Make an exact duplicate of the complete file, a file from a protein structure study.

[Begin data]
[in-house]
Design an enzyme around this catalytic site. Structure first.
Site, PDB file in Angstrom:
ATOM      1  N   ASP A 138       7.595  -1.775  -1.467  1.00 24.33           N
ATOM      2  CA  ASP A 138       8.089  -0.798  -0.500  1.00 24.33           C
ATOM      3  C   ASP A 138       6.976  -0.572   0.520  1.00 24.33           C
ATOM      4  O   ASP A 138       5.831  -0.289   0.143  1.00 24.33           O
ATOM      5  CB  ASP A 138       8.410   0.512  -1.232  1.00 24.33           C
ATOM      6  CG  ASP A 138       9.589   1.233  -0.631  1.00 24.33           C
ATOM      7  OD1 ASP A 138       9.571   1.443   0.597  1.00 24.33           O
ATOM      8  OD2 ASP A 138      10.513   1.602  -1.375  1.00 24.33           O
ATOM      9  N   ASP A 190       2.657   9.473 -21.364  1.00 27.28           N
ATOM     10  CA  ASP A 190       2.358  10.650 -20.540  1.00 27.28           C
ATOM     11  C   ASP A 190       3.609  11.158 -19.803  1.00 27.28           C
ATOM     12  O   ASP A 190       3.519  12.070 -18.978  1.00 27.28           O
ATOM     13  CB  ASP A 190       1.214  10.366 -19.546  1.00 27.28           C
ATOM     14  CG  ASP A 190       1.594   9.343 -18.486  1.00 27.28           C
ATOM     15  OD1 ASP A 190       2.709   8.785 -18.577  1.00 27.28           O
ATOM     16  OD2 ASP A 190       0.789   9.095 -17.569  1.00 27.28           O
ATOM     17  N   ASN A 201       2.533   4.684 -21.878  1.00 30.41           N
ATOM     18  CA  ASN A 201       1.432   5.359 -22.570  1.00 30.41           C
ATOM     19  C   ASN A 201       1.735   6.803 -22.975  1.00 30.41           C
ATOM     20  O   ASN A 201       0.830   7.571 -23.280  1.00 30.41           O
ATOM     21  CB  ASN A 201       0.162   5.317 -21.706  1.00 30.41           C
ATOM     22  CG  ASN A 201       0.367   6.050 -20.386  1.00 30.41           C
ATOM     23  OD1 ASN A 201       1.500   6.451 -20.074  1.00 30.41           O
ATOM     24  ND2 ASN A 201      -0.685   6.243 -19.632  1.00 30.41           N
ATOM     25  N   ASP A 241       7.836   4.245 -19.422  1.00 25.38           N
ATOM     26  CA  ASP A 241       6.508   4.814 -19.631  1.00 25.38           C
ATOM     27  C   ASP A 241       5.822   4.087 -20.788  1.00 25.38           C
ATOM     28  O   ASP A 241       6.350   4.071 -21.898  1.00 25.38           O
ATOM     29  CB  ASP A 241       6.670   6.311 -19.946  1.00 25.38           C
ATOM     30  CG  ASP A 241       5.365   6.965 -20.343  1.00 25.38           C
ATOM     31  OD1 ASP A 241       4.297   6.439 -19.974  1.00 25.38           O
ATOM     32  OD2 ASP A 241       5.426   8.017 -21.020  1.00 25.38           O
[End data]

[in-house]
Design an enzyme around this catalytic site. Structure first.
Site, PDB file in Angstrom:
ATOM      1  N   ASP A 138       7.595  -1.775  -1.467  1.00 24.33           N
ATOM      2  CA  ASP A 138       8.089  -0.798  -0.500  1.00 24.33           C
ATOM      3  C   ASP A 138       6.976  -0.572   0.520  1.00 24.33           C
ATOM      4  O   ASP A 138       5.831  -0.289   0.143  1.00 24.33           O
ATOM      5  CB  ASP A 138       8.410   0.512  -1.232  1.00 24.33           C
ATOM      6  CG  ASP A 138       9.589   1.233  -0.631  1.00 24.33           C
ATOM      7  OD1 ASP A 138       9.571   1.443   0.597  1.00 24.33           O
ATOM      8  OD2 ASP A 138      10.513   1.602  -1.375  1.00 24.33           O
ATOM      9  N   ASP A 190       2.657   9.473 -21.364  1.00 27.28           N
ATOM     10  CA  ASP A 190       2.358  10.650 -20.540  1.00 27.28           C
ATOM     11  C   ASP A 190       3.609  11.158 -19.803  1.00 27.28           C
ATOM     12  O   ASP A 190       3.519  12.070 -18.978  1.00 27.28           O
ATOM     13  CB  ASP A 190       1.214  10.366 -19.546  1.00 27.28           C
ATOM     14  CG  ASP A 190       1.594   9.343 -18.486  1.00 27.28           C
ATOM     15  OD1 ASP A 190       2.709   8.785 -18.577  1.00 27.28           O
ATOM     16  OD2 ASP A 190       0.789   9.095 -17.569  1.00 27.28           O
ATOM     17  N   ASN A 201       2.533   4.684 -21.878  1.00 30.41           N
ATOM     18  CA  ASN A 201       1.432   5.359 -22.570  1.00 30.41           C
ATOM     19  C   ASN A 201       1.735   6.803 -22.975  1.00 30.41           C
ATOM     20  O   ASN A 201       0.830   7.571 -23.280  1.00 30.41           O
ATOM     21  CB  ASN A 201       0.162   5.317 -21.706  1.00 30.41           C
ATOM     22  CG  ASN A 201       0.367   6.050 -20.386  1.00 30.41           C
ATOM     23  OD1 ASN A 201       1.500   6.451 -20.074  1.00 30.41           O
ATOM     24  ND2 ASN A 201      -0.685   6.243 -19.632  1.00 30.41           N
ATOM     25  N   ASP A 241       7.836   4.245 -19.422  1.00 25.38           N
ATOM     26  CA  ASP A 241       6.508   4.814 -19.631  1.00 25.38           C
ATOM     27  C   ASP A 241       5.822   4.087 -20.788  1.00 25.38           C
ATOM     28  O   ASP A 241       6.350   4.071 -21.898  1.00 25.38           O
ATOM     29  CB  ASP A 241       6.670   6.311 -19.946  1.00 25.38           C
ATOM     30  CG  ASP A 241       5.365   6.965 -20.343  1.00 25.38           C
ATOM     31  OD1 ASP A 241       4.297   6.439 -19.974  1.00 25.38           O
ATOM     32  OD2 ASP A 241       5.426   8.017 -21.020  1.00 25.38           O